Or so he thinks.

Mahathir’s tiff with the Johor Istana predates even Syed Saddiq’s existence.  Two years after becoming the Prime Minister, Mahathir sought the agreement of the late Sultan of Perak for the latter to become the Yang DiPertuan Agong, replacing the Sultan of Pahang whose tenure was ending the following year.  Running simultaneously was a campaign to put the late Sultan of Johor in a bad light, in order to gain the support of the masses for the Prime Minister’s effort.

The relationship between Mahathir and the late Sultan of Johor was so bad that it prompted some ranks within the military to plan a coup in August 1983.  The Chief of Army, General Tan Sri Dato’ Zain Hashim, an illustrious officer, retired at the young age of 52 in January 1984, and was replaced for just over a year by General Tan Sri Dato’ Mohd Ghazali bin Haji Che Mat, who was in turn replaced when he was made the Chief of the Armed Forces, by Mahathir’s brother-in-law, General Tan Sri Dato’ Seri Mohamed Hashim bin Mohd Ali.  By then, the army was firmly under someone loyal to Mahathir.  Hashim later became the Chief of Armed Forces.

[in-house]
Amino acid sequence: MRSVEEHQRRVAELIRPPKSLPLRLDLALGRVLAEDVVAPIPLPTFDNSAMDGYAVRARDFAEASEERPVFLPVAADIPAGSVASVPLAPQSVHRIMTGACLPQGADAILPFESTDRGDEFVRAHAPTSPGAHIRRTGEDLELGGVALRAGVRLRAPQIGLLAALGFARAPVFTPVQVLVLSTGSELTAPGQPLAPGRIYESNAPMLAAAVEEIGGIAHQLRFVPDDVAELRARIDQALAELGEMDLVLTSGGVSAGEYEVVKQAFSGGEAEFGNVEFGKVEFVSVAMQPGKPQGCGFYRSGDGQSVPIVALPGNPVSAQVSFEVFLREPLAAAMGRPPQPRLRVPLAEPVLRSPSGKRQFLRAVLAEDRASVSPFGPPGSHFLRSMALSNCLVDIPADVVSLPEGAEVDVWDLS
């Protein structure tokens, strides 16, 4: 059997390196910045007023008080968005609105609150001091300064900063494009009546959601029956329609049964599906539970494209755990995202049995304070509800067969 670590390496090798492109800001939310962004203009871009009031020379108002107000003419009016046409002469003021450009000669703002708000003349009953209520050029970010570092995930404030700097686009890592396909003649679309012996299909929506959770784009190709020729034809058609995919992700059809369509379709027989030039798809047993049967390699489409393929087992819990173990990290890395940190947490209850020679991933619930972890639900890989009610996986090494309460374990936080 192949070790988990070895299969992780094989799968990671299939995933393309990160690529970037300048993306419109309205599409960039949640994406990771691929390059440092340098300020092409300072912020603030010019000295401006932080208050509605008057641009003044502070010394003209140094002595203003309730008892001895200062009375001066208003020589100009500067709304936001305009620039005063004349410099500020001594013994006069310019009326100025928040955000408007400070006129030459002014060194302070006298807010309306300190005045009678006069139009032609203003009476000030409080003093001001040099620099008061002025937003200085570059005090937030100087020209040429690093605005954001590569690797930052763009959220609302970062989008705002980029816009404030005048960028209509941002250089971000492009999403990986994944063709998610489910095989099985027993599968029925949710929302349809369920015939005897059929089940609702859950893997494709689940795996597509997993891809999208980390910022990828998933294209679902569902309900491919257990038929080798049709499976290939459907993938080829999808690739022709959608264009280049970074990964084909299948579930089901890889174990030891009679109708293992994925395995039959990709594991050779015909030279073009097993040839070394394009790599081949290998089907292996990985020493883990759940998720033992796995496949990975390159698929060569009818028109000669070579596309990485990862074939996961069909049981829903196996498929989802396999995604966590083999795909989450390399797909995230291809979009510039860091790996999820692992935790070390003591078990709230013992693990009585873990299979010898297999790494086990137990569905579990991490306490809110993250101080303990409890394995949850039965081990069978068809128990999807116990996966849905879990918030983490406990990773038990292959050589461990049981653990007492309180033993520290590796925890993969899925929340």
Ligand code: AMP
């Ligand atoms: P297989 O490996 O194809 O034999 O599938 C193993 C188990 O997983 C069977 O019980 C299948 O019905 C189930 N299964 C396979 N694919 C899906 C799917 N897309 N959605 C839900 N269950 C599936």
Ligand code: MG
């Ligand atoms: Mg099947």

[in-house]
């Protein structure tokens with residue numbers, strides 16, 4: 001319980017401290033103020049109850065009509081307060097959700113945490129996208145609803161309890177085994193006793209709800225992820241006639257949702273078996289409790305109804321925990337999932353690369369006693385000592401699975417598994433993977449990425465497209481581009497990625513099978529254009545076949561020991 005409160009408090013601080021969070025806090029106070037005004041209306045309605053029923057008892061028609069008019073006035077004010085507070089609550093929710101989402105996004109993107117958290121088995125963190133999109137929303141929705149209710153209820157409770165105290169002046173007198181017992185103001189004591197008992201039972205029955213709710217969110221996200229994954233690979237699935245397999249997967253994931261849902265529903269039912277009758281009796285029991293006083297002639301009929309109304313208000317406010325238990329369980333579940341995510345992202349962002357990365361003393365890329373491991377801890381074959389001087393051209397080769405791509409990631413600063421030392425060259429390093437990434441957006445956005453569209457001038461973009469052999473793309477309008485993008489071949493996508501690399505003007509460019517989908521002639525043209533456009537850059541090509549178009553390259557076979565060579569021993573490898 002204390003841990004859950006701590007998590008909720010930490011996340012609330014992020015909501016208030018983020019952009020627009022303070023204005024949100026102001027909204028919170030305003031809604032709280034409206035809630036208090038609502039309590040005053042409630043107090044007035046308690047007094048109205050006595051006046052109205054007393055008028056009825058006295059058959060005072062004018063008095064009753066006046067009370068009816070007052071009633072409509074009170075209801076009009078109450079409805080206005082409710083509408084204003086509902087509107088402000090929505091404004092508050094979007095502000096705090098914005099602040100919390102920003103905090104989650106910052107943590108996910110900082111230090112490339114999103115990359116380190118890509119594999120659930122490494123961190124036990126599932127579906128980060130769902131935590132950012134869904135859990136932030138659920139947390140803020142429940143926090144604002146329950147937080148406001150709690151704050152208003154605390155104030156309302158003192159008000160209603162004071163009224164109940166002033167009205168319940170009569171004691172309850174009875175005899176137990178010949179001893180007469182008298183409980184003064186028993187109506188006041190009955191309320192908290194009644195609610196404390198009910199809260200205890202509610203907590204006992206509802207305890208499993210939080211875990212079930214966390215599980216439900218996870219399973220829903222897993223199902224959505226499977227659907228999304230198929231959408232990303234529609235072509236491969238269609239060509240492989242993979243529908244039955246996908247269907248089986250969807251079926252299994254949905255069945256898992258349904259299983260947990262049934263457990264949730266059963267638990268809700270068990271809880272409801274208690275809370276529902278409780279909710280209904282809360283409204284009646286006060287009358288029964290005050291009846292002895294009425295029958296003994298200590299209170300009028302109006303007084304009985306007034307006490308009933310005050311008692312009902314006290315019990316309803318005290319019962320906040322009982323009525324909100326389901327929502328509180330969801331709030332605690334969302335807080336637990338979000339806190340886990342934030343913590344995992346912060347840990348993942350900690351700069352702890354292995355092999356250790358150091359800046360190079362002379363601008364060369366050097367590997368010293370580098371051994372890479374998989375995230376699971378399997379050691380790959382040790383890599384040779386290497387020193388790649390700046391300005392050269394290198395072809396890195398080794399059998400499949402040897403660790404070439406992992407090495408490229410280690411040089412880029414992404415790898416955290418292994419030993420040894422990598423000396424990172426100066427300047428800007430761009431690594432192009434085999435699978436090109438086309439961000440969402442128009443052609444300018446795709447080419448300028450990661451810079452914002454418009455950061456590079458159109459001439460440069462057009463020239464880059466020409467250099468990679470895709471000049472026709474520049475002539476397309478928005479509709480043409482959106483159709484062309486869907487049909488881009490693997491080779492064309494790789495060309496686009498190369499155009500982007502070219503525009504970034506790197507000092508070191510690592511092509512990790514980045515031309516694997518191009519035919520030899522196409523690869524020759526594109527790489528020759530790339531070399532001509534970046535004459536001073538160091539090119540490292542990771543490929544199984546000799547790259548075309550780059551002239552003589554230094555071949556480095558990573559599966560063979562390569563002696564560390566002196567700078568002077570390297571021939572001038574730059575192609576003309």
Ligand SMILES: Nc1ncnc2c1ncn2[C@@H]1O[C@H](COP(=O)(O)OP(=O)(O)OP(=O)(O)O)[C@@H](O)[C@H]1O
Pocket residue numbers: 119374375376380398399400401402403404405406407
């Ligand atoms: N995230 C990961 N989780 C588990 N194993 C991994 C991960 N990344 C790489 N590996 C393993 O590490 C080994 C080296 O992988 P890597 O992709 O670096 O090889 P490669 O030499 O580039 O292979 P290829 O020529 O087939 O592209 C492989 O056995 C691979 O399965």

I know of some details of the planned coup, but was asked to keep them confidential.

No, this does not show that the Armed Forces should only be loyal to the Rulers; on the contrary it shows that the Armed Forces should also be loyal to the government of the Yang DiPertuan Agong simply because Cabinet Ministers, according to Article 39 of the Federal Constitution, represent the Yang DiPertuan Agong and are given executive powers to administer the country on His Majesty’s behalf.  Therefore, loyalty shall be given by the Armed Forces to the Prime Minister and his Cabinet.

The rest of what Mahathir did or tried to do to the Johor Royal Family are as posted by the TMJ.  His glaring lack of love for any royal family goes back to as early as the Second World War period where he began his fight against Tunku Abdul Rahman, Malaysia’s first premier and a member of the Kedah royal family.  In recent episodes,  Mahathir attacked Johor’s Forest City project by creating fear amongst the masses saying that there will be an influx of Chinese immigrants once the project is completed, and then attacked people of Bugis descendants that include not only Najib Razak, but also the Sultans of Johor and Selangor saying that “Bugis pirates should go back to their land“.

The Sultan of Johor criticised Mahathir for playing the race card, while the Sultan of Selangor rebuked Mahathir for the comments made about the Bugis people.

Mahathir remained unapologetic on both occasions.